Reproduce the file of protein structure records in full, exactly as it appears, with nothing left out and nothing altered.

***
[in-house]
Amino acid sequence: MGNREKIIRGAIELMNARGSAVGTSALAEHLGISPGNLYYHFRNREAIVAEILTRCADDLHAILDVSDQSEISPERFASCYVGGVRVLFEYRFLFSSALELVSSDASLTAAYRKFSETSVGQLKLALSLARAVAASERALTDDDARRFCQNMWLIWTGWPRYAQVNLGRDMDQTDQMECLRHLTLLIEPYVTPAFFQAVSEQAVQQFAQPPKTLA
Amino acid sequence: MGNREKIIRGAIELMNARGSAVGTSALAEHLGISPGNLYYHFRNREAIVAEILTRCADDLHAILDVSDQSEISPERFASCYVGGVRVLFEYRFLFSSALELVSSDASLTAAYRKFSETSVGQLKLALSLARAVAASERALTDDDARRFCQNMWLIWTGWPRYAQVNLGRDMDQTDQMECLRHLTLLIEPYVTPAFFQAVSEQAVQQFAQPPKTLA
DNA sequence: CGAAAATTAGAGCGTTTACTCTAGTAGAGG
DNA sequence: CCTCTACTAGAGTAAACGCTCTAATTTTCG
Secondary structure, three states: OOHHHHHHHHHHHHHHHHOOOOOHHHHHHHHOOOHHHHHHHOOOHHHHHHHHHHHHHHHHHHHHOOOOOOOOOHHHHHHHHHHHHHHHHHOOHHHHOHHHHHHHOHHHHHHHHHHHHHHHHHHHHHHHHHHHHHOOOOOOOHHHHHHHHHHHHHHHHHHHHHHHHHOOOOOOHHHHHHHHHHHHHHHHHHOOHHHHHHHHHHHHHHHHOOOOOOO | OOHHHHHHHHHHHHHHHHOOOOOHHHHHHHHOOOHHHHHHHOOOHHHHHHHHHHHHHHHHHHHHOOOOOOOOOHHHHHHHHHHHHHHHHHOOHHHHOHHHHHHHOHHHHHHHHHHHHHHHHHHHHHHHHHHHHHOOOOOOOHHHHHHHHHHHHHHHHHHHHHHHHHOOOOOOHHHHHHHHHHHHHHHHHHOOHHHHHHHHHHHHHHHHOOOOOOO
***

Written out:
[in-house]
Amino acid sequence: MGNREKIIRGAIELMNARGSAVGTSALAEHLGISPGNLYYHFRNREAIVAEILTRCADDLHAILDVSDQSEISPERFASCYVGGVRVLFEYRFLFSSALELVSSDASLTAAYRKFSETSVGQLKLALSLARAVAASERALTDDDARRFCQNMWLIWTGWPRYAQVNLGRDMDQTDQMECLRHLTLLIEPYVTPAFFQAVSEQAVQQFAQPPKTLA
Amino acid sequence: MGNREKIIRGAIELMNARGSAVGTSALAEHLGISPGNLYYHFRNREAIVAEILTRCADDLHAILDVSDQSEISPERFASCYVGGVRVLFEYRFLFSSALELVSSDASLTAAYRKFSETSVGQLKLALSLARAVAASERALTDDDARRFCQNMWLIWTGWPRYAQVNLGRDMDQTDQMECLRHLTLLIEPYVTPAFFQAVSEQAVQQFAQPPKTLA
DNA sequence: CGAAAATTAGAGCGTTTACTCTAGTAGAGG
DNA sequence: CCTCTACTAGAGTAAACGCTCTAATTTTCG
Secondary structure, three states: OOHHHHHHHHHHHHHHHHOOOOOHHHHHHHHOOOHHHHHHHOOOHHHHHHHHHHHHHHHHHHHHOOOOOOOOOHHHHHHHHHHHHHHHHHOOHHHHOHHHHHHHOHHHHHHHHHHHHHHHHHHHHHHHHHHHHHOOOOOOOHHHHHHHHHHHHHHHHHHHHHHHHHOOOOOOHHHHHHHHHHHHHHHHHHOOHHHHHHHHHHHHHHHHOOOOOOO | OOHHHHHHHHHHHHHHHHOOOOOHHHHHHHHOOOHHHHHHHOOOHHHHHHHHHHHHHHHHHHHHOOOOOOOOOHHHHHHHHHHHHHHHHHOOHHHHOHHHHHHHOHHHHHHHHHHHHHHHHHHHHHHHHHHHHHOOOOOOOHHHHHHHHHHHHHHHHHHHHHHHHHOOOOOOHHHHHHHHHHHHHHHHHHOOHHHHHHHHHHHHHHHHOOOOOOO